Davenport would later testify that when she discovered that mother and baby were sleeping on the floor of Bail's apartment, she obtained a crib for Carlos. She would also subsequently report that the infant seemed developmentally delayed and physically weak. Because Bail had not obtained a birth certificate for her son, he was ineligible for government-subsidized infant formula; Davenport testified that she used her own money to buy formula.

By the time of her arrest, Bail had moved in with her brother, who also lived in Carthage. Suddenly finding himself responsible for the full-time care of an infant, Carlos' uncle passed along the baby to his sister, who lived in town as well. Not long after that, Davenport referred the aunt to a young couple she knew, Jennifer and Oswaldo Velazco, who offered to babysit Carlos for free. The Velazcos belonged to a local evangelical Christian church, where they were both ordained as pastors.

(Carlos' peregrinations are traced in various court records; unless specifically noted, all information about the case presented in this story has been drawn from judicial findings, court case files and other public documents, including personal correspondence and transcripts of hearings conducted by the Carthage R-9 School District.)

"When they met him it was love at first sight," says Bess Lanyon, a friend of Carlos' adoptive parents. "That little boy lives a wonderful life."
"When they met him it was love at first sight," says Bess Lanyon, a friend of Carlos' adoptive parents. "That little boy lives a wonderful life."
Encarnación Bail lost custody of her son while jailed for immigration violations.
John H. Tucker
Encarnación Bail lost custody of her son while jailed for immigration violations.

Encarnación Bail's relatives seemed to appreciate the Velazcos' gesture — so much so that what began as daily sojourns quickly evolved into weeklong sleepovers: Monday through Friday Carlos lived with the Velazcos; on weekends he lived with the Bails. Sometimes he stayed with the Velazcos straight through the weekend.

Four months after Bail's arrest, in September 2007, the Velazcos introduced the baby to a young couple who lived across town. The Velazcos knew Seth and Melinda Moser through the Mosers' in-laws. Unable to conceive a child together, the Mosers had applied with the state to become foster parents.

On October 5, according to subsequent court testimony, Carlos moved in with the Mosers. A brief Encarnación Bail's attorneys submitted to the Missouri Supreme Court states that when her brother-in-law arrived at the Velazcos' to pick up Carlos on or about October 6, "Child was not there and the Velazcos told her sister and brother-in-law that the 'government' and 'marshals' took Child."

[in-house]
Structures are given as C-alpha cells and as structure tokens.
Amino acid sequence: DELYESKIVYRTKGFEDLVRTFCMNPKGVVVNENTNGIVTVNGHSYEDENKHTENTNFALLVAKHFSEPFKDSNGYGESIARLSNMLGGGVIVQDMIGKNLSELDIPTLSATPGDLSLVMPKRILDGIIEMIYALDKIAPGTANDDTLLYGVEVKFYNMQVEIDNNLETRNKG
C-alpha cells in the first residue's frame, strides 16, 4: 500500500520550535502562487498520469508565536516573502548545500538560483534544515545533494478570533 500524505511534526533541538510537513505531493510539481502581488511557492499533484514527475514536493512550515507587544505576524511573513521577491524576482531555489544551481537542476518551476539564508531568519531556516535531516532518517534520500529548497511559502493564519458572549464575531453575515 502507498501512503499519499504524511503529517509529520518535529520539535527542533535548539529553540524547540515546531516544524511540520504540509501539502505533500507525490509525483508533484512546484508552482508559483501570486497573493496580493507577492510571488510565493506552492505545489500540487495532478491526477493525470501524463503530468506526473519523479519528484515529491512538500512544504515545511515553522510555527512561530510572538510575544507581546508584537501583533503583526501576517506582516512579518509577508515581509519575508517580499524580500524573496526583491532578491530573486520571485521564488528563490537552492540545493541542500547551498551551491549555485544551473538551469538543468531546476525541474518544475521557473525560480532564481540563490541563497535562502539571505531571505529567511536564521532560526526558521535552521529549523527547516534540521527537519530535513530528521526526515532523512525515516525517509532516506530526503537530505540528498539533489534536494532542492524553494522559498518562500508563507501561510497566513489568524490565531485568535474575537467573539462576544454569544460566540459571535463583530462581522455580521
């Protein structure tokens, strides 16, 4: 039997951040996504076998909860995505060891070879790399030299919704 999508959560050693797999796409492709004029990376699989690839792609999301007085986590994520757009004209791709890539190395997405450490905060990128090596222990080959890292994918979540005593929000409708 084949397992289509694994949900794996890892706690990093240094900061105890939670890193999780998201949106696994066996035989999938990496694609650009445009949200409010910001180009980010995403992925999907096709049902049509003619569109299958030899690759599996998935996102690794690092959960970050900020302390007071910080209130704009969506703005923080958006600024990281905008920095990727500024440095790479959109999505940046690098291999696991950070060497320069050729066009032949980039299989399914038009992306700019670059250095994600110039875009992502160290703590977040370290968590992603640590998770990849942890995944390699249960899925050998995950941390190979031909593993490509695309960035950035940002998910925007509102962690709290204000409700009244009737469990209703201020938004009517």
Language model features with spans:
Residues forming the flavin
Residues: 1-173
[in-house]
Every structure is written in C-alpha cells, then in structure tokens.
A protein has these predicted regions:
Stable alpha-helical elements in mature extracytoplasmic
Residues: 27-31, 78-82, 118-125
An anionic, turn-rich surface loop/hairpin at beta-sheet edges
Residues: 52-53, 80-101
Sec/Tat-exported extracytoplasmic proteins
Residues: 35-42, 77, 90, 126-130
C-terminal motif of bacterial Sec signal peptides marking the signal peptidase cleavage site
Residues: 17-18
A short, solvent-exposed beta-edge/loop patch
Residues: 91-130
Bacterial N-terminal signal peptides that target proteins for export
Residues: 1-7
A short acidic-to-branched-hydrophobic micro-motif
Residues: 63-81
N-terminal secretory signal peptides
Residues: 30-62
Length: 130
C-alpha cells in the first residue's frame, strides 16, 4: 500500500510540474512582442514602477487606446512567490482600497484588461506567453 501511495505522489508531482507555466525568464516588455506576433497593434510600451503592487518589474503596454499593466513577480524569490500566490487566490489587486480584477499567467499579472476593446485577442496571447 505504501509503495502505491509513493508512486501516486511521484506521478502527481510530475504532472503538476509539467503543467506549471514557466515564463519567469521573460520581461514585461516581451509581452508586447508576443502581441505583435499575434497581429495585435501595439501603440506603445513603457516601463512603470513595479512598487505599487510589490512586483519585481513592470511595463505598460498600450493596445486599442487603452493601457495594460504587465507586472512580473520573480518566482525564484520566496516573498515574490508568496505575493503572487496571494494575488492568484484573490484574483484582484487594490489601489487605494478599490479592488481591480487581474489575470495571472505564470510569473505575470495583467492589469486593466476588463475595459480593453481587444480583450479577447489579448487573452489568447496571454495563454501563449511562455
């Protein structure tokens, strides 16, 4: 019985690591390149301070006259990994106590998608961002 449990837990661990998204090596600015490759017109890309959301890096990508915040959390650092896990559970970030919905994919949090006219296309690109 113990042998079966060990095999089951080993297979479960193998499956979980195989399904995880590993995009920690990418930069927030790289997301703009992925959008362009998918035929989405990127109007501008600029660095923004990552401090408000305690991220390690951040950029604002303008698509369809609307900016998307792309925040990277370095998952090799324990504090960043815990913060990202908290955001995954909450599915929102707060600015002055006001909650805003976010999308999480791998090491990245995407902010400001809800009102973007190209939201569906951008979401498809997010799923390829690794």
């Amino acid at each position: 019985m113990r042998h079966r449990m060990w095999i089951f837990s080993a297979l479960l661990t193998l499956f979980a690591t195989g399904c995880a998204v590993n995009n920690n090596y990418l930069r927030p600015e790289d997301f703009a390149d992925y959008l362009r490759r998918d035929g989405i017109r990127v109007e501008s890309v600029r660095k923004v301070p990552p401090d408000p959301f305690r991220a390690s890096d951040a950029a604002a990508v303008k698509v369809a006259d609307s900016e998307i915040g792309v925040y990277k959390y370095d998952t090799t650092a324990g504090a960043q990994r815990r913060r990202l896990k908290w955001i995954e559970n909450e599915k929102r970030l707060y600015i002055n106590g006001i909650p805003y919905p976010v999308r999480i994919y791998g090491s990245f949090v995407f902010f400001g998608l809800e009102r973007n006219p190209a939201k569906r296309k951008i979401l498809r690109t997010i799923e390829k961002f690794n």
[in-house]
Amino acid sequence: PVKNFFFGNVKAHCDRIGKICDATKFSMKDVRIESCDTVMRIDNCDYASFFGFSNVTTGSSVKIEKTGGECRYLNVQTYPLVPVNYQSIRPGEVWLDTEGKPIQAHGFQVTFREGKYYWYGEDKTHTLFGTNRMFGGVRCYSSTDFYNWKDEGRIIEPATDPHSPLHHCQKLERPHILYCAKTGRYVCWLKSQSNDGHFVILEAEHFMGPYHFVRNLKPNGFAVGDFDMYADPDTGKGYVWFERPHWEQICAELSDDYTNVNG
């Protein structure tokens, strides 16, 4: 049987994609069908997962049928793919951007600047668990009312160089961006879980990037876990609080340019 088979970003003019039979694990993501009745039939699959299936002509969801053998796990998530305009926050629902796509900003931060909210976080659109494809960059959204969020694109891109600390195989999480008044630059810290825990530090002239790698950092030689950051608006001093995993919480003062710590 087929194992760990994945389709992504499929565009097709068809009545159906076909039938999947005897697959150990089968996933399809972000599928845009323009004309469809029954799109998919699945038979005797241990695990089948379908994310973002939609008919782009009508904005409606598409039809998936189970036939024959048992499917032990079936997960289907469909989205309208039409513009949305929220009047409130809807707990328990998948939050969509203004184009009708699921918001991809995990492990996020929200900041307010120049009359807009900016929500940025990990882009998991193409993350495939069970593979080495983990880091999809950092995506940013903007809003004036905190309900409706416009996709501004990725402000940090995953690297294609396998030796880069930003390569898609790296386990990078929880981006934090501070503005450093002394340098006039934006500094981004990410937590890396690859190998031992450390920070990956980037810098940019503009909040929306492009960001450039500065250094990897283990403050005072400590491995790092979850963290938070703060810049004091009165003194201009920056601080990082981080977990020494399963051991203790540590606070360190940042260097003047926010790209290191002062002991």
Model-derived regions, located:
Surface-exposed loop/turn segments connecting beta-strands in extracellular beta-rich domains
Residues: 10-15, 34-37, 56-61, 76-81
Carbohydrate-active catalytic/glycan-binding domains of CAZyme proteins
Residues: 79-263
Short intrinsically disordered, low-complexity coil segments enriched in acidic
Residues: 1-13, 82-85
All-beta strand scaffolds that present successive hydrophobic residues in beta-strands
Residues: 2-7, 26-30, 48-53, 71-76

Days later Bail's relatives received a letter, reproduced here exactly as it would later be included in a Missouri appeals court opinion.

To Whom It May Concern:

I am writing this letter in regards to [Child]. Who will no longer be in our care or living in our house after 10-7-2007. The couple [Respondents are] pursuing adoption in the case of [Child]. The papers for them to get guardianship of [Child have] already been sent to the family courts of Jasper County by their lawyer. And there is nothing that we can legally do nor can you. The only person that has the chance to do anything is [Mother]. The proper papers have already been sent to [Mother] at the jail. If you wish to know more about this matter you need to be in contact with [Child's Mother]. And we ask that you please no longer contact us in respect to this matter. Because it is out of our hands now.

Sincerely,

The Velazco Family


As her infant son made the rounds through Carthage, Encarnación Bail was 90 miles away at the St. Clair County Jail in Osceola, awaiting a plea hearing.

On September 19, 2007, she received a visitor.

Two years later, testimony would reveal that Laura Davenport had requested to see Bail in her professional capacity as a Carthage school district Parents as Teachers staff member and under false pretenses, having told her supervisor only that she was driving to Osceola to bring Bail an application for a birth certificate so that Carlos would be eligible for state-subsidized immunizations and infant formula.

After dropping off the application with jail personnel, Davenport met with Bail. Corrections officials recorded the conversation, which took place in Spanish. An English-language transcript that was later prepared for Carthage school officials and obtained by Riverfront Times reveals that at no point during the hourlong dialogue did Davenport tell Bail anything about a birth certificate.

Instead the school-district employee focused almost entirely on persuading Bail to give up Carlos for adoption.

Click here for a link to the transcript from the St. Clair County Jail.

"The reality is if you take this child to Guatemala he's not going to have a life, no future," Davenport told Bail. "He may or may not have food. He will not get an education, and he will grow up to be a man that doesn't know how to make a living."

"But, what I think, if they do deport me, I want to take my child with me," Bail responded.

"But this is a pretty story that you are thinking so you don't have to [go] back alone," Davenport said. "You're not thinking about the well-being of your son. You're only thinking about yourself."

As the hour wore on, Davenport continued to make her case for adoption, but Bail stood her ground. She explained that she'd been calling her sister every week as the two women attempted to obtain a passport for Carlos so that he could stay with family members in Guatemala until she'd served her sentence and been deported. She asked Davenport to bring her photos of Carlos, explaining, "I feel sad because I haven't seen him." And she asked Davenport to come for another visit and bring Carlos along so she could hug her son.

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